Cooling Water Intake Rules – Will This Turkey Arrive for the Holidays?

Posted on November 7, 2013 by Molly Cagle

Quoting our colleague Philip Ahrens, “We shall see” indeed.

Invoking force majeure due to the 16-day government shutdown, EPA has again (for the third time) delayed the issuance of the Clean Water Act 316(b) rules past the November 4, 2013 deadline most recently agreed to in its settlement with Riverkeeper.  It remains to be seen if EPA will deliver the 316(b) rules on November 20, 2013 – just in time for a little light reading over your turkey dinner – or seek a further extension with Riverkeeper.  EPA and environmentalists are now in talks for a new deadline, so you can probably head home to enjoy your  turkey and sides at Thanksgiving without toting home a Federal Register package to disrupt your holiday.

Advocates for a more stringent set of rules appear to have used the latest delay to secure political support from a group of House Democrats that recently encouraged EPA Administrator Gina McCarthy to require power plants and other industrial facilities to install closed-cycle cooling water technologies not just to save local ecosystems, but also to respond to climate change.  According to the elected officials, “Closed-cycle cooling structures would ensure greater energy grid security and reduce ecological harm in a warming world.”  That’s a pretty incredible statement all around given that, although the cooling water intake rules have been embroiled in a multi-decade-long saga of regulations and litigation about entrainment and impingement of fish, they have never been about a meaningful assessment of the ecological impact of various entrainment and impingement rates in various types of water bodies.  In fact, the proposed rule completely failed to take into account significant variations in different types of waterbodies.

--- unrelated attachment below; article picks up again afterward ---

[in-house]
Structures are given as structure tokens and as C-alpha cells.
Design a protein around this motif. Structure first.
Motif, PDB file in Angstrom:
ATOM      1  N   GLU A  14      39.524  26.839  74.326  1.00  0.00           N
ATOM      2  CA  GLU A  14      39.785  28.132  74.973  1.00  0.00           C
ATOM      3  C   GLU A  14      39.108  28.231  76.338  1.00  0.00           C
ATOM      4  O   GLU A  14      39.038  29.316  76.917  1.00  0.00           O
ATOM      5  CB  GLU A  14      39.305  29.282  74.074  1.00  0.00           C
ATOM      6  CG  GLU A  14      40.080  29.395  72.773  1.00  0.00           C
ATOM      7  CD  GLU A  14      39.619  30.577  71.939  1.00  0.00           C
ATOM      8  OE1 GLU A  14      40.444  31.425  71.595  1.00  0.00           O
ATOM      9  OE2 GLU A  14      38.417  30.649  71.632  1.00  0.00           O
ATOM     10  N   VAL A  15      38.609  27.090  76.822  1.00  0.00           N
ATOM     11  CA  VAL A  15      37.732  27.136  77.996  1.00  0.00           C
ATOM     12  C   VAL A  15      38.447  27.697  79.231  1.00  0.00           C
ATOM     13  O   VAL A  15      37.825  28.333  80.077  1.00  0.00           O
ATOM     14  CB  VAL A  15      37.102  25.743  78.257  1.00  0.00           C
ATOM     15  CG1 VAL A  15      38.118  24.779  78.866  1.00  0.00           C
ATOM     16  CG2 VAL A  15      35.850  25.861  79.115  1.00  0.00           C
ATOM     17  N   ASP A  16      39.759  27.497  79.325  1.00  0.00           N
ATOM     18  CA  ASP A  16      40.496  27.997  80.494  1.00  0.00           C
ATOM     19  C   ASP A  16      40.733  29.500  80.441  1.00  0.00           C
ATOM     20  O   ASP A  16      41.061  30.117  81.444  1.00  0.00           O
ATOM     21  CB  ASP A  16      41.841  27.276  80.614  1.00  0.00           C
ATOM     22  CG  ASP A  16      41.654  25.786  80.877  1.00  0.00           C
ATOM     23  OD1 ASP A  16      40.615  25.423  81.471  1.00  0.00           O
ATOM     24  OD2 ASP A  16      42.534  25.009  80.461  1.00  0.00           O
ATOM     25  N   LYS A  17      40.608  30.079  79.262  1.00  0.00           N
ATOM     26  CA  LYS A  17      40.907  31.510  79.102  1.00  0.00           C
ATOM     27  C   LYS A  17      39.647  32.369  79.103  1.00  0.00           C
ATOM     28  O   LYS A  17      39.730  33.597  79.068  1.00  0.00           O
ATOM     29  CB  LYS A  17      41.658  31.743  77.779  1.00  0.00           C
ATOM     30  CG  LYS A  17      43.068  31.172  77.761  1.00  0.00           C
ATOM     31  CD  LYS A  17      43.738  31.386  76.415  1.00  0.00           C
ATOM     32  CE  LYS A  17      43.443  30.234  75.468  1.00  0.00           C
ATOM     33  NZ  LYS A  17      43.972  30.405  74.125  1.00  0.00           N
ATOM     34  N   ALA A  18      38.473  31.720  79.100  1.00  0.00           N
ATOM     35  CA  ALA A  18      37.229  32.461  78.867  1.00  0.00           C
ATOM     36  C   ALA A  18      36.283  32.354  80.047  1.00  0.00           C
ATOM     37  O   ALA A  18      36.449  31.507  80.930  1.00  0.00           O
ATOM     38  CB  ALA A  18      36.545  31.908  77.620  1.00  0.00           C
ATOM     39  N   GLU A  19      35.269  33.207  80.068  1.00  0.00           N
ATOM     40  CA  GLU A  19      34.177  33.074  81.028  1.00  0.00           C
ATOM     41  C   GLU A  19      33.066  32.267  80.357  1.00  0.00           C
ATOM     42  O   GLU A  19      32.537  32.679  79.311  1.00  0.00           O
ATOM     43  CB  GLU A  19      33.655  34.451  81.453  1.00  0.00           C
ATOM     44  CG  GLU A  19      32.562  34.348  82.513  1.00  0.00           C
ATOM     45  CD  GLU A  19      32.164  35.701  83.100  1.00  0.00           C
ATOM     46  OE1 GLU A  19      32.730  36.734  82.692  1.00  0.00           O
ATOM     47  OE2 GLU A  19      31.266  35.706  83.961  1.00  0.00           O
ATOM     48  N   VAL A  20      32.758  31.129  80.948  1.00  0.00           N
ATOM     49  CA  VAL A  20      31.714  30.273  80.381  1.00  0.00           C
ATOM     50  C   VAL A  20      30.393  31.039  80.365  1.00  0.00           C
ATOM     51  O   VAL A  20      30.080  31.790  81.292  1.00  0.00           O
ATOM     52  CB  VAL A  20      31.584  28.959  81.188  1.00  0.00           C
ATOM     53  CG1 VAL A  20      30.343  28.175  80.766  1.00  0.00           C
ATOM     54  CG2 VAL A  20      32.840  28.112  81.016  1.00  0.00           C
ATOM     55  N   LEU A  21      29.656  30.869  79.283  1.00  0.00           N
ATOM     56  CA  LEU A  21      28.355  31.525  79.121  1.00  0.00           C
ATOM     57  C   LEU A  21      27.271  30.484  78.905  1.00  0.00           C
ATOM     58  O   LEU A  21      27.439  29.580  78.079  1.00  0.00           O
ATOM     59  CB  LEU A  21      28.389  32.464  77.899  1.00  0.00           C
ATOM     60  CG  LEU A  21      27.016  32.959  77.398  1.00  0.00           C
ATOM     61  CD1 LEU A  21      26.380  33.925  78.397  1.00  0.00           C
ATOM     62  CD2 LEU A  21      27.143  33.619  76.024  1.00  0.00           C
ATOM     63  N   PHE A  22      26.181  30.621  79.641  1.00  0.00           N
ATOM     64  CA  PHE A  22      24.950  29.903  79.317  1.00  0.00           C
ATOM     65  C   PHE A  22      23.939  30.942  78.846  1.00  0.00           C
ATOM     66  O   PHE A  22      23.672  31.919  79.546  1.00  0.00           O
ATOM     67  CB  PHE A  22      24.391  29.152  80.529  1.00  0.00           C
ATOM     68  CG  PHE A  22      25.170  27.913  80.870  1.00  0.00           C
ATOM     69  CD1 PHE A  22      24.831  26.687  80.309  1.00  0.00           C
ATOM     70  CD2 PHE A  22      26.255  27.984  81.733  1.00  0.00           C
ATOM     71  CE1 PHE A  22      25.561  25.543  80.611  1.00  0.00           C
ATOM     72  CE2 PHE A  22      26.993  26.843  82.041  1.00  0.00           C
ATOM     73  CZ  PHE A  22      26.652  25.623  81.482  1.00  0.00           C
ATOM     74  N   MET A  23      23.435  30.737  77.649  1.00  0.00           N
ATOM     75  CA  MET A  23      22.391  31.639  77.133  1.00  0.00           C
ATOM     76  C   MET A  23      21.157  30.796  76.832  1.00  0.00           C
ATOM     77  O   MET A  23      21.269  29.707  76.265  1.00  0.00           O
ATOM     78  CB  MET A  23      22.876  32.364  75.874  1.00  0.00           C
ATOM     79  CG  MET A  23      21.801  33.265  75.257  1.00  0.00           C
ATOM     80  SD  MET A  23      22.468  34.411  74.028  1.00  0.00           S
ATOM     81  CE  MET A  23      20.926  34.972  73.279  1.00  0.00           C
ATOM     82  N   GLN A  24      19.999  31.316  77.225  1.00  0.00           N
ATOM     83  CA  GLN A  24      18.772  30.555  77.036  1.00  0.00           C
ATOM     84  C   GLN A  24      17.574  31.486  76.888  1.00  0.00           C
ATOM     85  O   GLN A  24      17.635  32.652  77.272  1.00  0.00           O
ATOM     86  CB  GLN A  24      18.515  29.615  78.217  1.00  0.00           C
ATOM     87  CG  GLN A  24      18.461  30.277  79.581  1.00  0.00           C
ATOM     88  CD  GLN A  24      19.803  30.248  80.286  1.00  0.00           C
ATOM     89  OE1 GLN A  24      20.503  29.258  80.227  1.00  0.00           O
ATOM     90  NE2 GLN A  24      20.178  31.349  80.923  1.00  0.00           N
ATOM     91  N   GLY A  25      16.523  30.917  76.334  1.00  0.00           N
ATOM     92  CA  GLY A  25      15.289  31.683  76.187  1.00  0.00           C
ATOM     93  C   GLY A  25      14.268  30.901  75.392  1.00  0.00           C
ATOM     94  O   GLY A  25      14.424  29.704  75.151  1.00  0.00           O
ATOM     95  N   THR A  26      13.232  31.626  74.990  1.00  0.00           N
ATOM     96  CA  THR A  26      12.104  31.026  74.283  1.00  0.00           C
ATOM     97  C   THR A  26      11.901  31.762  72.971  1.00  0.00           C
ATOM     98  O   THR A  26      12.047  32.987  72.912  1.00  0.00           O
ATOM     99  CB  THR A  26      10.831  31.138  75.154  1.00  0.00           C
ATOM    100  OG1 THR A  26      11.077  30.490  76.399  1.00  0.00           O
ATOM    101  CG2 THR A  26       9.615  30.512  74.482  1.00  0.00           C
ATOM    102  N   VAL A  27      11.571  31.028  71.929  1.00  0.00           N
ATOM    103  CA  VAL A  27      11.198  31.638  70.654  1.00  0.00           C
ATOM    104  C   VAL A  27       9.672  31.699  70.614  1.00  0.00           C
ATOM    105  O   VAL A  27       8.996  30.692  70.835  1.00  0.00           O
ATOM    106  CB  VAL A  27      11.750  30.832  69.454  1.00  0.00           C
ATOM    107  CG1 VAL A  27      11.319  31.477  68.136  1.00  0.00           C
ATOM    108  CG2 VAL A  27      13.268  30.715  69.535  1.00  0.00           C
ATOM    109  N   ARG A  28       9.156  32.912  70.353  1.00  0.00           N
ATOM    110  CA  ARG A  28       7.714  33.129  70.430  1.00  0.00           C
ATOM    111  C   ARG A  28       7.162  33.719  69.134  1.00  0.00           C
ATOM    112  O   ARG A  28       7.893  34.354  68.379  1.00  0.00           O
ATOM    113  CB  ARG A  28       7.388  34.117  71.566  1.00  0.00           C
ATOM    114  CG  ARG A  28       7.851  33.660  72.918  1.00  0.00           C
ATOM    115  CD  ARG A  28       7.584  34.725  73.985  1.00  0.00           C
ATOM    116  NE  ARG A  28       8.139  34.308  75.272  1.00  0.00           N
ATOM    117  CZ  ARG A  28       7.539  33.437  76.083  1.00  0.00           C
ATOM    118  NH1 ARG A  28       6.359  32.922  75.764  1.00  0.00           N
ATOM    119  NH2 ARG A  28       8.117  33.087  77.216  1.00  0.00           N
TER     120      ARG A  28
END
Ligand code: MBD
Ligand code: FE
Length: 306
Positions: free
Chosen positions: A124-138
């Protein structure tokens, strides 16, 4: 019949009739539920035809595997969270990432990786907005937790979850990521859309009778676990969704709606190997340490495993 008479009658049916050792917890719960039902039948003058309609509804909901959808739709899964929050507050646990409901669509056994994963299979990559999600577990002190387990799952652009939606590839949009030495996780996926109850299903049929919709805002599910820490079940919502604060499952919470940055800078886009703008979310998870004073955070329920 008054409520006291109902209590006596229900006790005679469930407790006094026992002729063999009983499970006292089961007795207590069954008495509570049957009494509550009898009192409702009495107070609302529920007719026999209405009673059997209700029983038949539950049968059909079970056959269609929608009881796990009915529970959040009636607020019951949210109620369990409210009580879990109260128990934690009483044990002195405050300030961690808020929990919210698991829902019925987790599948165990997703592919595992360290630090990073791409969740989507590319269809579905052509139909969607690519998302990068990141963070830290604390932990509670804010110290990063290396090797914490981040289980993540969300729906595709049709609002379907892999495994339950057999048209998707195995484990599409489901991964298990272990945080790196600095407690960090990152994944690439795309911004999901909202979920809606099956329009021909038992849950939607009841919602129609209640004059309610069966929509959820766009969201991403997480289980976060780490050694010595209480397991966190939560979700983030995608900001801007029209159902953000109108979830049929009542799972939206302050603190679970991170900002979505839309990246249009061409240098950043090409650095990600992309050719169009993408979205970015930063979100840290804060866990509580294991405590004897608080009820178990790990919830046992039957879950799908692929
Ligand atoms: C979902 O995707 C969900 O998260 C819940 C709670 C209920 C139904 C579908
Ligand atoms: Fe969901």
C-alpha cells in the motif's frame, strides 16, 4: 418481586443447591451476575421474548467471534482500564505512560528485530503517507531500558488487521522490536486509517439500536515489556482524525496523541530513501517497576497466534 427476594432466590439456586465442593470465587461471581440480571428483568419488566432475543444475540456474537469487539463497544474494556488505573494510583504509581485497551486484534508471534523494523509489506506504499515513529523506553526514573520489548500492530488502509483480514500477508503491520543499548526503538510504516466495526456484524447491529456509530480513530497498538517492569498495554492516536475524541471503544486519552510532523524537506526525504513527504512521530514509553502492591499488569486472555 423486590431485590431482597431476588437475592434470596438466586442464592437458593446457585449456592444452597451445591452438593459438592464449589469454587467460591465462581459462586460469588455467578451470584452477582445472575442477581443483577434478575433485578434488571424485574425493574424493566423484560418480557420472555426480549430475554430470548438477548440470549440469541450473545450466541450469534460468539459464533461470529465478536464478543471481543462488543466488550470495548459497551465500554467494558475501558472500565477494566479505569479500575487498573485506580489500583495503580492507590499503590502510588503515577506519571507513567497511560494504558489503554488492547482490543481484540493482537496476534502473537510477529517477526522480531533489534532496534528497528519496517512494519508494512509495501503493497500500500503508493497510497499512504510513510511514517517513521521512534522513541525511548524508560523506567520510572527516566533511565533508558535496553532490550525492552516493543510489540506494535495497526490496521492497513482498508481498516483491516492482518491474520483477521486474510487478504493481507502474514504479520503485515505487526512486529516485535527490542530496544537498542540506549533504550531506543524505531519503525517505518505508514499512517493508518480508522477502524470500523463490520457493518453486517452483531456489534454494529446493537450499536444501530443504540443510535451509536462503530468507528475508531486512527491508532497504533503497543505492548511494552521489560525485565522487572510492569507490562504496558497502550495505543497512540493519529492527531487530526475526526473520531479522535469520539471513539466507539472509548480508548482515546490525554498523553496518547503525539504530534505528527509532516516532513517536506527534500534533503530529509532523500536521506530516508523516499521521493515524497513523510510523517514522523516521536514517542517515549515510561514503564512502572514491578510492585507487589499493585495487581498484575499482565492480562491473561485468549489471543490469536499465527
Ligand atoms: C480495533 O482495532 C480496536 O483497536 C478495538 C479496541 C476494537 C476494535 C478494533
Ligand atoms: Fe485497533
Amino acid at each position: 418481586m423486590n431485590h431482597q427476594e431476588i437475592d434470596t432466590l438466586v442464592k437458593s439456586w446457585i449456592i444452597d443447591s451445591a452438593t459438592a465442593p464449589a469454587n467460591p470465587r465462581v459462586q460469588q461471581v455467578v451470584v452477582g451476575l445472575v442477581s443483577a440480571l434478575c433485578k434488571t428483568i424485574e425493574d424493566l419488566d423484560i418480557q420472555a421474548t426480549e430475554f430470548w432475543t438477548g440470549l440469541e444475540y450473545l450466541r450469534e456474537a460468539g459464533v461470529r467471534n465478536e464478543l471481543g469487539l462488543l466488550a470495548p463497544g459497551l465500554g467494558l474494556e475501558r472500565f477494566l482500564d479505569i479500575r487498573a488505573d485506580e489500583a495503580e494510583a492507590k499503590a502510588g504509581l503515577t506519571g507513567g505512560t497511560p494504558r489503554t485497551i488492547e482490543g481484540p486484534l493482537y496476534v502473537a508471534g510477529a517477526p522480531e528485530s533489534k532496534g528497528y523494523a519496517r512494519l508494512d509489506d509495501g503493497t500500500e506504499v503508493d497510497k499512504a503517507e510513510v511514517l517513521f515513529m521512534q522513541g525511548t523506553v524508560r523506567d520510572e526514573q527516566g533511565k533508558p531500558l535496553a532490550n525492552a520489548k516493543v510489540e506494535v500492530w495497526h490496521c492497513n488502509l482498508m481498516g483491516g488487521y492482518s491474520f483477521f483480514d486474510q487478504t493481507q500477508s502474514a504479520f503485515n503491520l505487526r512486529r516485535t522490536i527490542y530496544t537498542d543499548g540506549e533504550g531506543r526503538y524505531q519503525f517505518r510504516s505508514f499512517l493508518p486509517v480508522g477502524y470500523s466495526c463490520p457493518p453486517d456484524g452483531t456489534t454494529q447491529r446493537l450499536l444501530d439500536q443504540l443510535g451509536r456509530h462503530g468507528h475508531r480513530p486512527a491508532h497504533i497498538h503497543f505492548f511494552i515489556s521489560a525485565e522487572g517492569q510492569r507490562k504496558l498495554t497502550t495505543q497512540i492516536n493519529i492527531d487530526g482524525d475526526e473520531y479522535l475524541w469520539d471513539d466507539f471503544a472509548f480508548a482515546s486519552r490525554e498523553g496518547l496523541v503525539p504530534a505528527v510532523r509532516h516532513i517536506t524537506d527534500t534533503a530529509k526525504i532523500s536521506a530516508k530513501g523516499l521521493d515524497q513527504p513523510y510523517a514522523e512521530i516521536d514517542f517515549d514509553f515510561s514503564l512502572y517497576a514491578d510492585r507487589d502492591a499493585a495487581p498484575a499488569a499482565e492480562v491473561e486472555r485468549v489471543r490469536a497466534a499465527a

Given the proposed 316(b) rules, EPA is unlikely to jump on the closed-cycle cooling bandwagon and abandon a more flexible approach.  The Democratic Congressmen say in their letter that flexibility unfairly burdens state environmental protection agencies.  Environmentalist say that the flexible approach will bring more litigation because the proposed approach is not lawful.  Industry groups continue to prefer flexibility as it allows them options such as upgraded screens, barrier nets, reduced intake velocity, fish return systems – technologies that would lead to reduced impingement and entrainment but cost far less than retrofitting plants with cooling towers and other high-energy technologies.  So industry too remains primed for challenge.  At stake is the potential for hundreds of millions of dollars of upgrades for an ill-defined environmental benefit.  

While it’s anyone’s guess when the rules will come out, it does seem reasonable to predict that whenever they emerge, the lawsuits will follow.